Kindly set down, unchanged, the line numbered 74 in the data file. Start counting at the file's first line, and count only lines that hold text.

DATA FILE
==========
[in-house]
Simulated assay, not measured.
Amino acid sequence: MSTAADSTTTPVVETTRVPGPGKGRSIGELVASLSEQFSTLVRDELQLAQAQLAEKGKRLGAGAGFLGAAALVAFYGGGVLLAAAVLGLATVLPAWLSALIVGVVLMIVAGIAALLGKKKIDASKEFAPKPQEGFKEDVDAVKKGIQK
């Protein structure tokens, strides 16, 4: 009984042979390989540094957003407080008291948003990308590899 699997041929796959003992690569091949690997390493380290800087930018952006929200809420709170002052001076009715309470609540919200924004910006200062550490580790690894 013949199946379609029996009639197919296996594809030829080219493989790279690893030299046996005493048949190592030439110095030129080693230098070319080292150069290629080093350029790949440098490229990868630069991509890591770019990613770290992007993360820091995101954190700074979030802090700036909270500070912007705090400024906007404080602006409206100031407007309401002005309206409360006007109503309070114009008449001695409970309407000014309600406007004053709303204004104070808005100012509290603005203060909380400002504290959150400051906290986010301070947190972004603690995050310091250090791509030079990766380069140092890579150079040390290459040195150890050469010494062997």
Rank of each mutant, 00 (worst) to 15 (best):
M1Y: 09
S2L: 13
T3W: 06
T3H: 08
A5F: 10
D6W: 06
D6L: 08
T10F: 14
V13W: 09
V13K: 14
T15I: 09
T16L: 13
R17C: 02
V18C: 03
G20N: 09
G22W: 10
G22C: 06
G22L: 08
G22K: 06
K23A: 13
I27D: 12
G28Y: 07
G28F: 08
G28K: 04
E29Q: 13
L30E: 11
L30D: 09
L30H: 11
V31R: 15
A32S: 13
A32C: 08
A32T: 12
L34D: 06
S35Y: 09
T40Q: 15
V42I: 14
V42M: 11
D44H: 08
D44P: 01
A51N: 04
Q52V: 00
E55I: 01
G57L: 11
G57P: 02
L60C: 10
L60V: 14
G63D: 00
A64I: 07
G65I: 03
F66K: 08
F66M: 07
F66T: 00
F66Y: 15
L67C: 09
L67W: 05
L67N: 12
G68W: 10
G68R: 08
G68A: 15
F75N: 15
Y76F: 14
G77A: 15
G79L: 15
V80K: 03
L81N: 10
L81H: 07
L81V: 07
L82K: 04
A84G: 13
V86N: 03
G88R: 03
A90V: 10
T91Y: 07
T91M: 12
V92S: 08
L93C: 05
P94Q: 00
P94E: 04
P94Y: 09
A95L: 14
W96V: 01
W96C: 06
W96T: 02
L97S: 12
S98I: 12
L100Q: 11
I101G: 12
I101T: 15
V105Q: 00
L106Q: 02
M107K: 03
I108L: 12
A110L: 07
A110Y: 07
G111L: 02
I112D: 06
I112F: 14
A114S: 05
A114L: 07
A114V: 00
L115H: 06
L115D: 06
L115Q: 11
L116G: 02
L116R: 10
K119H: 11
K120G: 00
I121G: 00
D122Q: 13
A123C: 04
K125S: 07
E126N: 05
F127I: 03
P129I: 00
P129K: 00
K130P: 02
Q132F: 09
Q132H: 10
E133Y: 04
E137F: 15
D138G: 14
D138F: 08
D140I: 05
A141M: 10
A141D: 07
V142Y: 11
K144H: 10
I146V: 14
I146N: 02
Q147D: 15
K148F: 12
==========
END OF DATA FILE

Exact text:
A84G: 13